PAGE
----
Northern Bobwhite. Photo: Barbara Baird/Audubon Photography Awards

Audubon Photography Awards

Here Are Twelve Photos of Hungry Birds and Their Meals

Bugs, carrion, partially digested fish—these avians don't discriminate.

Editor's Note: This gallery consists of images submitted to our annual Audubon Photography Awards. If you haven't yet, check out this year's winning photographs, along with our slideshow of the top 100 shots. You can also see other 2017 entries in these collections of fascinating bird behaviors, humorous close-up shots, and adorable baby birds. To see last year's winners, go here

Bonus: Should these photos inspire you to dust off your old camera or even buy a new one, here are some tips and how-tos for taking great bird photographs, as well as our guidelines for ethical bird photography. And if you just want to learn more about the birds around you, download our free Audubon bird guide app to begin identifying 821 North American species today. Along with information on field marks, habitat preferences, and behaviors, the app provides up to eight hours of bird calls and songs. It can also access the most recent eBird updates, and is available for Apple, Android and Amazon Kindle devices. In other words, it's great.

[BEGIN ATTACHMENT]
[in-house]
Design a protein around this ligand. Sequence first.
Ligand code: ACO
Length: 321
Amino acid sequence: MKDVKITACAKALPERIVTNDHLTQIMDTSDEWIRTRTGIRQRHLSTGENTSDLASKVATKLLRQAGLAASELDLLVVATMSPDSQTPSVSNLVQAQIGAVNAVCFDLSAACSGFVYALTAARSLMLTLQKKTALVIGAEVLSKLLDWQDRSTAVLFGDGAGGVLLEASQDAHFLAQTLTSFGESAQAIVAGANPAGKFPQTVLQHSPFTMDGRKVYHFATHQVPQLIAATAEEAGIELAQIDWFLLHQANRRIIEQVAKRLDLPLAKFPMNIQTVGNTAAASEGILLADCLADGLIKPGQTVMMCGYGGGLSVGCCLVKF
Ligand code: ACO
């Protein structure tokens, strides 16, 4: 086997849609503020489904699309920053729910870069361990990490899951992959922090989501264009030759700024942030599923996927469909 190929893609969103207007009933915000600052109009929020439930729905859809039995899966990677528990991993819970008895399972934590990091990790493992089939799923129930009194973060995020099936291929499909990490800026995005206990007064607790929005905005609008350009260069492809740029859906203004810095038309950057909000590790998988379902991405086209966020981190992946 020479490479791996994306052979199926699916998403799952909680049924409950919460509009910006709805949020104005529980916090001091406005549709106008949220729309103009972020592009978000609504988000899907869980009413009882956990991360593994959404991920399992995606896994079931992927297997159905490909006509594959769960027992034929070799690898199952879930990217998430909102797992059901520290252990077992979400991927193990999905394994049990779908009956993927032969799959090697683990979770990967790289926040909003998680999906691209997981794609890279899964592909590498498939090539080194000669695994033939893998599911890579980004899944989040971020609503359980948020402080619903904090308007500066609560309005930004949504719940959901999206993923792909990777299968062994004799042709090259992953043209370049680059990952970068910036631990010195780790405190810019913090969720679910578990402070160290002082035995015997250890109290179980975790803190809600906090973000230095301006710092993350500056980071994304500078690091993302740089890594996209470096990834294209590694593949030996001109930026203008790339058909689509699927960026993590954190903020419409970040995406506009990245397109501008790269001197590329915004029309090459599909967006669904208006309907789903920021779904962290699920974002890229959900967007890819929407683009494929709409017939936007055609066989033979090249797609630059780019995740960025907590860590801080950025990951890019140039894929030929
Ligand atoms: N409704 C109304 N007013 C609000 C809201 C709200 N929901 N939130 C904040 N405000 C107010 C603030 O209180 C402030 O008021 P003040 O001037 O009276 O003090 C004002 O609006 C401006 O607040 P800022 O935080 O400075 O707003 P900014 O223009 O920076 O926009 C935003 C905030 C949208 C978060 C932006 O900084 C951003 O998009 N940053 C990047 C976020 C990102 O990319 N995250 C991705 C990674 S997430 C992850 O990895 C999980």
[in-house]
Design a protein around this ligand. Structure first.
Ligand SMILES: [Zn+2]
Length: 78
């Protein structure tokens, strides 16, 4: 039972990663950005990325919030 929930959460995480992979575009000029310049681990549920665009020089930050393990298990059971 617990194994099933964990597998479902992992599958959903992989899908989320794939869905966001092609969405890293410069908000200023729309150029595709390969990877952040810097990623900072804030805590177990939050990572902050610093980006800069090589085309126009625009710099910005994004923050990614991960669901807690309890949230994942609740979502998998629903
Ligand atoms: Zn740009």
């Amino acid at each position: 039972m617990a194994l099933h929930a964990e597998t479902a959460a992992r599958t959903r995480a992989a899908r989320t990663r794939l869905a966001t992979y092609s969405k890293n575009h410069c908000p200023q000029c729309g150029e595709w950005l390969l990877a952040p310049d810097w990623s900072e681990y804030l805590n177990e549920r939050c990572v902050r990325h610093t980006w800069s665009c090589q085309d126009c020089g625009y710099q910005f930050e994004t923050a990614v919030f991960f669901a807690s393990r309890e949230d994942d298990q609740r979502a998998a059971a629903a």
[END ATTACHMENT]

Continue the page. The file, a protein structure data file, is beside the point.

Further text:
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A juvenile Anhinga reaches down the neck of its parent to feed on partially digested fish being regurgitated. Photo: Delsa Anderl/Audubon Photography Awards

 

Short-billed Dowitcher. Photo: Peter Brannon/Audubon Photography Awards

 

Great Blue Heron. Photo: Daniel Dietrich/Audubon Photography Awards

 

Sandhill Cranes and Red-winged Blackbird. Photo: Linda Arndt/Audubon Photography Awards

 

Anhinga. Photo: Dragana Connaughton/Audubon Photography Awards

 

Marabou Stork and White-backed Vultures. Photo: Teri Franzen/Audubon Photography Awards

 

American Oystercatcher. Photo: Greg Gard/Audubon Photography Awards

 

Great Blue Heron. Photo: Peter Brannon/Audubon Photography Awards

 

Von der Decken's Hornbill. Photo: Mark Hendricks/Audubon Photography Awards

 

Green-crowned Brilliants. Photo: Judy Lynn Malloch/Audubon Photography Awards

 

Black Guillemot. Photo: Geoffrey Montagu/Audubon Photography Awards

 

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